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Japanese Sencha Grade A

Japanese Sencha Grade A

Japanese Sencha Grade A
54321

Delicate vegetal aroma and flavor with a nutty and smooth finish. Clean, sweet and refreshing.

Ingredients: Tea (Camelia Sinensis)
25g Pouch
$7.95
100g Pouch
$22.95
500g Pouch
$102.95
2kg Pouch
$357.95

Instructions

  • Serving Size: 2.5g /cup
  • Steeping Temp: 78°C
  • Steeping Time: 2 mins.
  • Certification: Organic
  • Origin: Japan
  • Caffeine: Medium Light

Japanese Sencha Grade A

This is undoubtedly the finest Japanese Sencha we have tasted to date. A prime example of what makes first flush sencha so sought after: a fine delicate vegetal aroma and taste, followed by an almond finish. Sweet and delicate yet complex and satisfying flavor.
Do not use water over 75C or the flavor profile will be vanished.

Tasting Notes

Certification: Organic
Grade or Quality: Leaf
Aroma: Grassy, chestnut
Infusion Aroma: Grassy, almond
Infusion Color: Green
Base flavor: Grassy, hint of nut, sweet buttery finish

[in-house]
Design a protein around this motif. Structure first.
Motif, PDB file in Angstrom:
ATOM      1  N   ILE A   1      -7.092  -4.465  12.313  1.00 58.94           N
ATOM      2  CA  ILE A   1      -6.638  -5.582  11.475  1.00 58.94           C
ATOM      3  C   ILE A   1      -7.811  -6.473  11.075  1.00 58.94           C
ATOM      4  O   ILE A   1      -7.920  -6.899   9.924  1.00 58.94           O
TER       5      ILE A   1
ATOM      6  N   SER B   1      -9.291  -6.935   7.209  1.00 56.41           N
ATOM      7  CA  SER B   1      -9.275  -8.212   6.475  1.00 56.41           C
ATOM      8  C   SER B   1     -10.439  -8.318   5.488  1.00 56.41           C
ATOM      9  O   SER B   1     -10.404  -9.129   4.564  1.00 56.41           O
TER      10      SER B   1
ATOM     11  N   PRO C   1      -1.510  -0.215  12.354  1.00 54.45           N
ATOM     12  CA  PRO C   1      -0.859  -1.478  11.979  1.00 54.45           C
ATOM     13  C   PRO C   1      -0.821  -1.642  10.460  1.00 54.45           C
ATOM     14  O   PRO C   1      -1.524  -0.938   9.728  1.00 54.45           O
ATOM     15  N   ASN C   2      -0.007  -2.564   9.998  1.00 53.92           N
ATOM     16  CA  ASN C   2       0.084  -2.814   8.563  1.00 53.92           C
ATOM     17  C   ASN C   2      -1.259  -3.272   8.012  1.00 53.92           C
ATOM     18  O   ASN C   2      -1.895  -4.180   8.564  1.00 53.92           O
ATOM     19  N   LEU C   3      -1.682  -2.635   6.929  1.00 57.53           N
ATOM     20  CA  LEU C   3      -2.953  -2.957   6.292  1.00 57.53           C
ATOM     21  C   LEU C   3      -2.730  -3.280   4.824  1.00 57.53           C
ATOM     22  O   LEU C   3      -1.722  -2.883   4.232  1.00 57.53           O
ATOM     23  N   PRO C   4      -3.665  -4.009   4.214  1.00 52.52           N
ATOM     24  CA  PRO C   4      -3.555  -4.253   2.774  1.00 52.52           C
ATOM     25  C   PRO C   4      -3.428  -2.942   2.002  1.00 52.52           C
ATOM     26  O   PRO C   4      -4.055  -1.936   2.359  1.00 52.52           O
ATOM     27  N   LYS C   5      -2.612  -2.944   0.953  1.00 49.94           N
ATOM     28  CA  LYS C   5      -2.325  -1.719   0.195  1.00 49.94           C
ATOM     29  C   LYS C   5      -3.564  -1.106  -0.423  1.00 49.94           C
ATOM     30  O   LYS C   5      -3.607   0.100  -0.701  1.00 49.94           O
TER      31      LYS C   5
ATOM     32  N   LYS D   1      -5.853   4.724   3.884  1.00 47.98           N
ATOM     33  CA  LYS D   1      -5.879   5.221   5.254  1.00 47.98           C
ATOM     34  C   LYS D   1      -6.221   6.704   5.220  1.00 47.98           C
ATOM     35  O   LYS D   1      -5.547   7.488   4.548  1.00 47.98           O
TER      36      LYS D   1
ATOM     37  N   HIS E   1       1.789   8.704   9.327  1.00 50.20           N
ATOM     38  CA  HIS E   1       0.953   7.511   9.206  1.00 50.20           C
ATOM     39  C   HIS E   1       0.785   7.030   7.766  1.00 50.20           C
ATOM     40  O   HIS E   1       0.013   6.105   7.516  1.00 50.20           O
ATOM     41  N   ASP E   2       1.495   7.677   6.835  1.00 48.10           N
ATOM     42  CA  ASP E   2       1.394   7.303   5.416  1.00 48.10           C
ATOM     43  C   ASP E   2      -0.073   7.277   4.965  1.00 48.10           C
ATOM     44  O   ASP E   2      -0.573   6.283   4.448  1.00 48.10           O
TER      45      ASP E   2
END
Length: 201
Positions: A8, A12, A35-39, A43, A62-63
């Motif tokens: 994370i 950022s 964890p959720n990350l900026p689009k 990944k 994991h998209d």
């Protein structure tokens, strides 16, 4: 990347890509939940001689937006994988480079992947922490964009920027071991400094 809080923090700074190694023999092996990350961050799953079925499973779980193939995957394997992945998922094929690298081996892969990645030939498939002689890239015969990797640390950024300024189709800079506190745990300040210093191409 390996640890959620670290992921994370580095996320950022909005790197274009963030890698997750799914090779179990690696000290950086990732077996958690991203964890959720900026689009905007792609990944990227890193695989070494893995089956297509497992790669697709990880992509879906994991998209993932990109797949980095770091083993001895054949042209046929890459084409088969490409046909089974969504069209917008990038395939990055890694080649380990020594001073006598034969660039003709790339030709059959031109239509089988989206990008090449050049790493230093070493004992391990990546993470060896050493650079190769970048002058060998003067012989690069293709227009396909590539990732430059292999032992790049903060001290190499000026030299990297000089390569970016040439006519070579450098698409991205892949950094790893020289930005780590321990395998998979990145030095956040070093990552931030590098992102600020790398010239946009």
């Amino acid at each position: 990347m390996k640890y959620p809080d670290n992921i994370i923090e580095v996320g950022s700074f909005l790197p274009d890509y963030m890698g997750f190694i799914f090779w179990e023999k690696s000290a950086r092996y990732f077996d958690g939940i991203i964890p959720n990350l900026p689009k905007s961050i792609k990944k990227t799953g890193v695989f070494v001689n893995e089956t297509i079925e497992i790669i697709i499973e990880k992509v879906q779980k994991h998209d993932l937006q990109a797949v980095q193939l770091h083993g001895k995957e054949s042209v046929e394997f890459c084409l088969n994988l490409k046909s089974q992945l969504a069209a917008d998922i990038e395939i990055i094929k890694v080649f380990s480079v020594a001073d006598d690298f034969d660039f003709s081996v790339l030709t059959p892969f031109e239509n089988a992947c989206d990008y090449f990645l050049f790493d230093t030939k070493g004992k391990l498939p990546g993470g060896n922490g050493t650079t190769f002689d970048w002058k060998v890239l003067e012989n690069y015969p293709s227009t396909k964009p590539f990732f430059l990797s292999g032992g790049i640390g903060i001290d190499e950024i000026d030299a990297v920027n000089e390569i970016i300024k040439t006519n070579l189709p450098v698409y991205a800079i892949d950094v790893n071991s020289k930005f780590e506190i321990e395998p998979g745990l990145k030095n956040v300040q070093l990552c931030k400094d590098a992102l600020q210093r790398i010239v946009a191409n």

Infusion Strength: Medium-strong

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From the Shanti Tea Canada Blog

How to steep green tea properly - by Richard Isaac

How to steep green tea properly

In our workshops we come across a lot of people who didn’t previously realize that steeping time and water temperature affect the taste of tea drastically. Just a difference of 15 seconds, or a temperature variance of as little as 2 degrees can make the difference between an exquisite cup of tea and an awfully bitter tea experience.

Green tea, White Tea, and Oolong Tea

Using boiling water to steep tea only works well for black teas and herbal ‘teas’. For green, white, and oolong teas, boiling water can burn the tea leaves and make the tea very bitter. Generally there is a range between 75C and 85C for green, white, and oolong teas (see our specific tea product pages for temperature guidelines), but of course most people do not have a thermometer ready to measure water temperature; instead, they will simply wait for the kettle to whistle, then pour water onto the leaves. Again, this is fine for black teas and herbal teas, but there are a few tricks you can use to make sure that your water is closer to the appropriate temperature for your tea.

Method 1: Letting your...

Read the rest of the article on our blog.